Owning our position
Next steps for Council Conclusions
Council Conclusions are a success for Europeana. Placing us back in the hearts and minds of culture ministries, assuring financing (under procurement) to halfway through 2020 and if we do the job well until the next multi-annual framework and beyond. They clearly recognise Europeana's role as a platform, mentioning the various services beyond the website. These are part of the current strategic plan and its operational business plans, but we need to take the opportunity and impetus of the Council Conclusions to reflect on where we are going and what we can really achieve, what do users actually want and where we can have the greatest impact and we should do this against user data not just because we or policymakers think it might be right.
They request a couple of things from the Commission and the Member States as well as from Europeana. The Commission is asked to carry out an independent evaluation and Member States to increase the quality and openness of material that is made available. Both of these are of huge value to Europeana as a Digital Service Infrastructure or Platform for the Digital Cultural Heritage of Europe. The evaluation will help surface evidence of our achievements and in my view, it is a chance to get over the message of Europeana being a platform for Europe’s cultural heritage. It should also give a value to the collaborative working of the Europeana Ecosystem and the Europeana Network Association. And yes I am sure it will give insight into areas that need more attention!
The demand for better quality material chimes with user demand and particularly its use by educators and researchers. Improved data quality will also hugely help the search capability. Council Conclusions also express the need for greater user-friendliness on Europeana Collections, which we will also do our best to fulfil. We acknowledge that Europeana Collections and the thematic collections of Europeana Art History and Europeana Music, while a strong step in the right direction, still need a lot of work. But this should be done according to the needs of our audiences and cultural heritage institutions.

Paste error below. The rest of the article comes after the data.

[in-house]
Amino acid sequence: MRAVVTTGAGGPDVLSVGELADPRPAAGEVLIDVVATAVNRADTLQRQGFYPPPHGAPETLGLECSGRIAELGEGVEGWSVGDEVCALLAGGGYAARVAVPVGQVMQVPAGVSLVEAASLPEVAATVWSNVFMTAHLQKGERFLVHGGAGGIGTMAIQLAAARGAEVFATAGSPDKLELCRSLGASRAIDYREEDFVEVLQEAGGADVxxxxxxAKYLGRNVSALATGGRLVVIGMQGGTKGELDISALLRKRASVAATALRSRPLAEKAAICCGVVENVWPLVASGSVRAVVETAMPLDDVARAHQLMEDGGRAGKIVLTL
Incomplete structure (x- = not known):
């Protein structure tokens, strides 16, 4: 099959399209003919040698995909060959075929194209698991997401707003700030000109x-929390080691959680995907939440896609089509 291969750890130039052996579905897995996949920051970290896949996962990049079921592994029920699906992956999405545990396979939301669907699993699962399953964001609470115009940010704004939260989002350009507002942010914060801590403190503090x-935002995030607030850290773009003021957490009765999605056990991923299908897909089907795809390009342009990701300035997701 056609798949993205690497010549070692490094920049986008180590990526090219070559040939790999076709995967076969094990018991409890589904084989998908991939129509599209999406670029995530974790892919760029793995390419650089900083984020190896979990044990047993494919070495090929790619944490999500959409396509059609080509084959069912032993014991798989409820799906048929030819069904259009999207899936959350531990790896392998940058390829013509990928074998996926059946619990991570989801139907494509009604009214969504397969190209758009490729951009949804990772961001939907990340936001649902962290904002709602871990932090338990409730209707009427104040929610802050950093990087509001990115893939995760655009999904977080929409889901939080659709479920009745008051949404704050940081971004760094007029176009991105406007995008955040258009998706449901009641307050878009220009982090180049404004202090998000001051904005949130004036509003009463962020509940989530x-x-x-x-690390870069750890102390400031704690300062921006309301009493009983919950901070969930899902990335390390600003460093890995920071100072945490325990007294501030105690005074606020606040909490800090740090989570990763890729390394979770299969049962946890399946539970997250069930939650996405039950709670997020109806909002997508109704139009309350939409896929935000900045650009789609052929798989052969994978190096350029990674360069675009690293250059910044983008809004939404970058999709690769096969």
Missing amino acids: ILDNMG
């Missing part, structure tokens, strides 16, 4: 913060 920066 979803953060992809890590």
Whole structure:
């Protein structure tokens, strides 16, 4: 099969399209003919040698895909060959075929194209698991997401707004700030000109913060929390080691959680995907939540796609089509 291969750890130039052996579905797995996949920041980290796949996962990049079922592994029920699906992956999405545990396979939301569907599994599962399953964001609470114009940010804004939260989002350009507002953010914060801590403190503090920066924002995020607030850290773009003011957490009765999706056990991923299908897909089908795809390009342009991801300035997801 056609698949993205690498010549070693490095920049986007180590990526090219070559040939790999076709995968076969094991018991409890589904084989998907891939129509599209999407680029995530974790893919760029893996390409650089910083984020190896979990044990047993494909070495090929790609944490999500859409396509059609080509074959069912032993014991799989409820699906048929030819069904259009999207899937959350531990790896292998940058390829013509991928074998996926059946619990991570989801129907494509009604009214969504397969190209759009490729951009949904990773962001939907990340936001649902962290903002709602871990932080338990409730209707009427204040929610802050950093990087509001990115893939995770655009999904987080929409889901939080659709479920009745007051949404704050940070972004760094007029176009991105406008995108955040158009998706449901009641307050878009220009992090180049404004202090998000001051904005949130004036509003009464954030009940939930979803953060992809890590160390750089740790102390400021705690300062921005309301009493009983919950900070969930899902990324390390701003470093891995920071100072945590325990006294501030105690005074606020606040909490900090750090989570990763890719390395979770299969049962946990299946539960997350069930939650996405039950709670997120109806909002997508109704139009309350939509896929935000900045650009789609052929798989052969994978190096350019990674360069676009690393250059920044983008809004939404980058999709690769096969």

Sea Charts helped navigators set their position.
We need to own our position - Audience/Users
Our research is telling us very conclusively that a site showing cultural heritage in the round is not what the majority of the world wants. Users coming in from the search engines, take the item they had found but rarely go on to browse the site. They do however use the material via Instagram, Wikipedia or Pinterest and they like the curated exhibitions and experiences such as Faces of Europe and the #BigArtRide but as one-offs, not as repeat or longer than three-minute experiences. These “casual users” benefit from the work of Europeana to place the material elsewhere and to make it work in the search engines but they do not really use Europeana Collections. Europeana Collections is however seen to be very useful to “professional“ users, be they academics or researchers and increasingly, as the quality of the material gets better, we are reaching educators and creative reusers. These users spend time on the site and appreciate efforts to make the material work for their workflows and into their ecosystems. They account for 30% of traffic and are the returnees. Perhaps we can entice more of the casual users into the wider offerings of Europeana Collections and we should certainly try but we also should do what is the most effective use of time and money.